The Social Justice Phrase Guide

The Social Justice Phrase Guide is two-page guide created by Advancement Project, in collaboration with The Opportunity Agenda. This guide puts forth five guidelines for conscientious communication, that give examples of alternative phrases and metaphors to replace out-dated ones that are offensive and/or discriminatory. View the guide below or download it here. From Advancement Project… Advancing a social justice agenda starts with being smart and deliberate in how we frame our discourse. The Social Justice Phrase Guide is your go-to tool to craft inclusive messages. Whether developing […] (continue)

Searching for Wise Questions

The article, Searching for Wise Questions, by Laura Chasin was published September 2011 and discusses how the way questions are framed can dramatically shape the answer. Written with the September 11, 2001 attacks in mind, the article offers opportunities to frame questions in a way that heal rather than divide. Below is an excerpt from the article and the full piece can be found on Public Conversations Project’s website here. From the article… My experience conducting dialogues among those who have fierce differences about issues such as abortion […] (continue)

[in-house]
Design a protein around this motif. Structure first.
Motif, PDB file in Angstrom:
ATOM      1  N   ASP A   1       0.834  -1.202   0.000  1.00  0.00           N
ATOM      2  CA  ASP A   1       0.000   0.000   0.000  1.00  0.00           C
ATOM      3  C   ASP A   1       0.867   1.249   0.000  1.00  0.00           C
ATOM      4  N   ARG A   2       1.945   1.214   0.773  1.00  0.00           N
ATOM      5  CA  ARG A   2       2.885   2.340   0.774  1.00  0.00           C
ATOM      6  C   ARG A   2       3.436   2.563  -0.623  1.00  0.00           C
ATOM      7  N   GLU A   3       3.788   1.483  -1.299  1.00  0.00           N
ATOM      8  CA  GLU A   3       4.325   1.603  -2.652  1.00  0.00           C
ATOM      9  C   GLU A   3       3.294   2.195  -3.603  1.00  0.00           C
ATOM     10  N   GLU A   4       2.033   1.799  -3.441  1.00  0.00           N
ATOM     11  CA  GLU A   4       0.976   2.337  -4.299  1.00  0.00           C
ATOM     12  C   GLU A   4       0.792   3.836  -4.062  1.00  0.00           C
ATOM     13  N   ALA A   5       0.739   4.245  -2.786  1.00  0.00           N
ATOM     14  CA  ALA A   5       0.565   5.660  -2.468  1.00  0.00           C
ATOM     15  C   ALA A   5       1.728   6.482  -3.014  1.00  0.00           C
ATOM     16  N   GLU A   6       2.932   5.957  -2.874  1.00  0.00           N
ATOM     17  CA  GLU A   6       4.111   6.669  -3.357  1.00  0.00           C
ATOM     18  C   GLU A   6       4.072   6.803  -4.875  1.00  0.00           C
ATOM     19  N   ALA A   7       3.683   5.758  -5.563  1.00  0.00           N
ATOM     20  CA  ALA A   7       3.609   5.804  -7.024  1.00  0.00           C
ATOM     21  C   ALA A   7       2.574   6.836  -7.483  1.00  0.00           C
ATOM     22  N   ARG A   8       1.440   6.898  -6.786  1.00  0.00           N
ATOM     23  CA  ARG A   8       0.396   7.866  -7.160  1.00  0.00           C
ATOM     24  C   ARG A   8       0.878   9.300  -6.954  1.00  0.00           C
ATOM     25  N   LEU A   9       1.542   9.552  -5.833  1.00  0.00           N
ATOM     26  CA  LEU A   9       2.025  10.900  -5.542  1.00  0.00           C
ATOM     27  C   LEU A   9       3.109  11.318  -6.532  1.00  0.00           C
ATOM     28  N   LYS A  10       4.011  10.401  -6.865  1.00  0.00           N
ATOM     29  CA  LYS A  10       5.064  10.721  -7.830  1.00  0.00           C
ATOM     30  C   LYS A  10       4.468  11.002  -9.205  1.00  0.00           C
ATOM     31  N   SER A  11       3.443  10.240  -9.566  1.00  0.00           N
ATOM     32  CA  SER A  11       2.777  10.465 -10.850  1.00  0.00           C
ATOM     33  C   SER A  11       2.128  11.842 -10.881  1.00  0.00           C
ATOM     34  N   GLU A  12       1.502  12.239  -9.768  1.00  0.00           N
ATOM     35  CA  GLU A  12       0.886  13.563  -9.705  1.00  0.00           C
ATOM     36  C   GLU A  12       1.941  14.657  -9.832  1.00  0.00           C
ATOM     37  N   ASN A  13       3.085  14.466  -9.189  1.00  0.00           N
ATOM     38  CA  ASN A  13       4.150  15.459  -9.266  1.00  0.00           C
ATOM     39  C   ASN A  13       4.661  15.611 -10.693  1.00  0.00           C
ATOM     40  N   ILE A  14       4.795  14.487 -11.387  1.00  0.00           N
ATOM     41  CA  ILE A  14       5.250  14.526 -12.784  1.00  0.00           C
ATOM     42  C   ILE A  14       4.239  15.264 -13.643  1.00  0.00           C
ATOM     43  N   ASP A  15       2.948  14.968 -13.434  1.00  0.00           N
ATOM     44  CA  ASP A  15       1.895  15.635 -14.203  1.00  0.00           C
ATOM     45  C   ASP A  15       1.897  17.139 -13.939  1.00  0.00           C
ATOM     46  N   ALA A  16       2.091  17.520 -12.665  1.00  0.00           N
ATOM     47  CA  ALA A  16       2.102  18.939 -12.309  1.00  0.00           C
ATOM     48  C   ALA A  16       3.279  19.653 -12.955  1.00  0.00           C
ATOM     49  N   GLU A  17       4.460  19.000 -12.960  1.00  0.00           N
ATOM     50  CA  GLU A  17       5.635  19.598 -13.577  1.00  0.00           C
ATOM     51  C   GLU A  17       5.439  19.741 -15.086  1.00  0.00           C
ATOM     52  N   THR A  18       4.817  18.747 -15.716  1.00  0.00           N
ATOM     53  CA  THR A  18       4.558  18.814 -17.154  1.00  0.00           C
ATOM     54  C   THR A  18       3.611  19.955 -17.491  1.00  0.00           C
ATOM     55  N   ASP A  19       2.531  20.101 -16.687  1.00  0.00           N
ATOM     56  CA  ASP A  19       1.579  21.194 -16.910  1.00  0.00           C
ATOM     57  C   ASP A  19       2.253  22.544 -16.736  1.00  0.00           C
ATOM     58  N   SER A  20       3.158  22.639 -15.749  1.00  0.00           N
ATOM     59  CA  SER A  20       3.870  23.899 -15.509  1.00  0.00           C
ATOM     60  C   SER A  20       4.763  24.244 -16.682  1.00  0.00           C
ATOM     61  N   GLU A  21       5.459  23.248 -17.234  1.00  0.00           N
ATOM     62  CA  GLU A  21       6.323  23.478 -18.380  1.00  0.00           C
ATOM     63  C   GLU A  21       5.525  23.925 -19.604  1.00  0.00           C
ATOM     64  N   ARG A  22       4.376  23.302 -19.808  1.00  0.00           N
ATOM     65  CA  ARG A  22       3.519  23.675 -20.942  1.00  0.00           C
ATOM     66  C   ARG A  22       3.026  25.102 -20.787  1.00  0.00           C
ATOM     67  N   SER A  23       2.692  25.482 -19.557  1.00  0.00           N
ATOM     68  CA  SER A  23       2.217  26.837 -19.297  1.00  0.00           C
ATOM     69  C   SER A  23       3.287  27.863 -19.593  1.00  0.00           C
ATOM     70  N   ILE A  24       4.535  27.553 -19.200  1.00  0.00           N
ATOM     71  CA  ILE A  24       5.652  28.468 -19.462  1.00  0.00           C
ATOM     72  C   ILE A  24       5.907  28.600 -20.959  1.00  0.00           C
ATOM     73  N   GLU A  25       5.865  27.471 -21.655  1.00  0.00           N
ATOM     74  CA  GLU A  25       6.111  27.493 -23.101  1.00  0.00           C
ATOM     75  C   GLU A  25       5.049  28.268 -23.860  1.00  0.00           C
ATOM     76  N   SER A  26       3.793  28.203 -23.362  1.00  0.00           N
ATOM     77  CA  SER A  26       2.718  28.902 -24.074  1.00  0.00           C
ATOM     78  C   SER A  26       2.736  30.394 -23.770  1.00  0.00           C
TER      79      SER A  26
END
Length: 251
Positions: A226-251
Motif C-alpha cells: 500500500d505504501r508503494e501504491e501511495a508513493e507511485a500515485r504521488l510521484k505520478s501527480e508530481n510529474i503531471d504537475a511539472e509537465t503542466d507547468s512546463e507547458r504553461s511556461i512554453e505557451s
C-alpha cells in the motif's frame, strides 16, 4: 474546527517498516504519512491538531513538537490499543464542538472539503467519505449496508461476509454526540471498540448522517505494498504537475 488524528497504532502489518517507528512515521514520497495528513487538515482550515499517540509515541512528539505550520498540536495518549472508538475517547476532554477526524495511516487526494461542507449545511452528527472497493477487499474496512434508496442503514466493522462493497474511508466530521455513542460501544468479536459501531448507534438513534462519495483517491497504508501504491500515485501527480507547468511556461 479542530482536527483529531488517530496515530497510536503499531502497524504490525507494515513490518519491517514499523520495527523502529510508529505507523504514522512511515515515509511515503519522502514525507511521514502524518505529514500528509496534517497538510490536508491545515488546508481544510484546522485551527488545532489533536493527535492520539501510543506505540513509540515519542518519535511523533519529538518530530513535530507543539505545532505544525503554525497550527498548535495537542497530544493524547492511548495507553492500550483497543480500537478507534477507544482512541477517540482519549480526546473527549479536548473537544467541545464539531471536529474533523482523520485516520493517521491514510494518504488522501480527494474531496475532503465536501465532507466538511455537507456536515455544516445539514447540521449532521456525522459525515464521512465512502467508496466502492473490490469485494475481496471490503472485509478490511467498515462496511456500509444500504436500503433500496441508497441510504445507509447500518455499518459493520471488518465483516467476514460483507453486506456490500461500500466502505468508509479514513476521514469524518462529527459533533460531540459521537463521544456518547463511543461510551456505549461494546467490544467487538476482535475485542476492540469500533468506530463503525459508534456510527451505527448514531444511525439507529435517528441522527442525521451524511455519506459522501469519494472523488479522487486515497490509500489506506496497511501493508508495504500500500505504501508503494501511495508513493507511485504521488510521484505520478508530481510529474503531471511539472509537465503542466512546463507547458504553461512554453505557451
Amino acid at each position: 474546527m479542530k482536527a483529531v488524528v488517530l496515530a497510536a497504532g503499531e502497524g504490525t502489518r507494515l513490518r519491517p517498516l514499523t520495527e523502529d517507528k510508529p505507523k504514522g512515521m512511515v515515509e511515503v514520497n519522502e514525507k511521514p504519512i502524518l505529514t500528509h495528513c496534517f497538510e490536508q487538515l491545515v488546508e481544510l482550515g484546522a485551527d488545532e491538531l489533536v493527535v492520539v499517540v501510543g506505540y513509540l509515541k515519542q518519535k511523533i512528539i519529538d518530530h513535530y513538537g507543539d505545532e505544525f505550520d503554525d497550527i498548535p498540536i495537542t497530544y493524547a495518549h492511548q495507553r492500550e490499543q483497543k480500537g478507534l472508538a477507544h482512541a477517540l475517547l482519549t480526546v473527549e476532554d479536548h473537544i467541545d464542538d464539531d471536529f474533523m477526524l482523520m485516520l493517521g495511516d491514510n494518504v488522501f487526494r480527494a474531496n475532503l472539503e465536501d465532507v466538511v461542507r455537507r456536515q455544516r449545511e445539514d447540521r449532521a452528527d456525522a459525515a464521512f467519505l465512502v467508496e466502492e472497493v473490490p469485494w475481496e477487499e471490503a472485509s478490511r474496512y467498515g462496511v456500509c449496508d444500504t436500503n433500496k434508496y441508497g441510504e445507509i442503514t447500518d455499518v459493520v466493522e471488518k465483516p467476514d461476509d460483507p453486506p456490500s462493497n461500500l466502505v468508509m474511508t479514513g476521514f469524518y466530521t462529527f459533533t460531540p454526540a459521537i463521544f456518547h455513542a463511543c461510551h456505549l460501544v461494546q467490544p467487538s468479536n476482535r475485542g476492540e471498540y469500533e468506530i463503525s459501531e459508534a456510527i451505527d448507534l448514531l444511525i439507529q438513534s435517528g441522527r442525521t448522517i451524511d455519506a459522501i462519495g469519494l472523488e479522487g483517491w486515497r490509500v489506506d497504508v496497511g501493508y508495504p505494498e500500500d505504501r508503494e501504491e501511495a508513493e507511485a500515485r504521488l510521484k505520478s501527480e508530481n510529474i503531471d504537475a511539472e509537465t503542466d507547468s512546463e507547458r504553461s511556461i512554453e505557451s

Designing Digital Democracy: A Short Guide

This May 2015 blog article, Designing digital democracy: a short guide, by Geoff Mulgan of Nesta, provides a guide to designing public participation processes. Mulgan gives several points of clarity to consider when designing a process, like: what is the purpose of the engagement, who is trying to be reached, what are appropriate tools [digital and/or F2F], the scale of the effort and taking into considerations the desire for anonymity. Below is the full article and the link to the original piece can be found here. Read […] (continue)

@Stake: A Role-Playing Card Game

The Engagement Lab at Emerson College created @Stake, a role-playing card game used to foster decision-making, empathy and collaboration. The players take various roles and create questions based on real life issues to deliberate on during the game. All participants pitch their ideas under a time limit and one of the players, “The Decider” will choose who has the best idea and award points. More about the game Development of @Stake: Planning issues often involve conflicting interests coupled with deep resentments and community divides. Building a new […] (continue)

Public Participation for 21st Century Democracy

The 368-page book, Public Participation for 21st Century Democracy, written by Matt Leighninger and Tina Nabatchi was published May 2015. The book aims to improve public participation infrastructure, the way that citizens are engaged, addressing issues that arise and strengthening the community. Public Participation for 21st Century Democracy explores the theory and practice of public participation in decision-making and problem-solving. It examines how public participation developed over time to include myriad thick, thin, and conventional opportunities, occurring in both face-to-face meetings and online settings. The book explores the use […] (continue)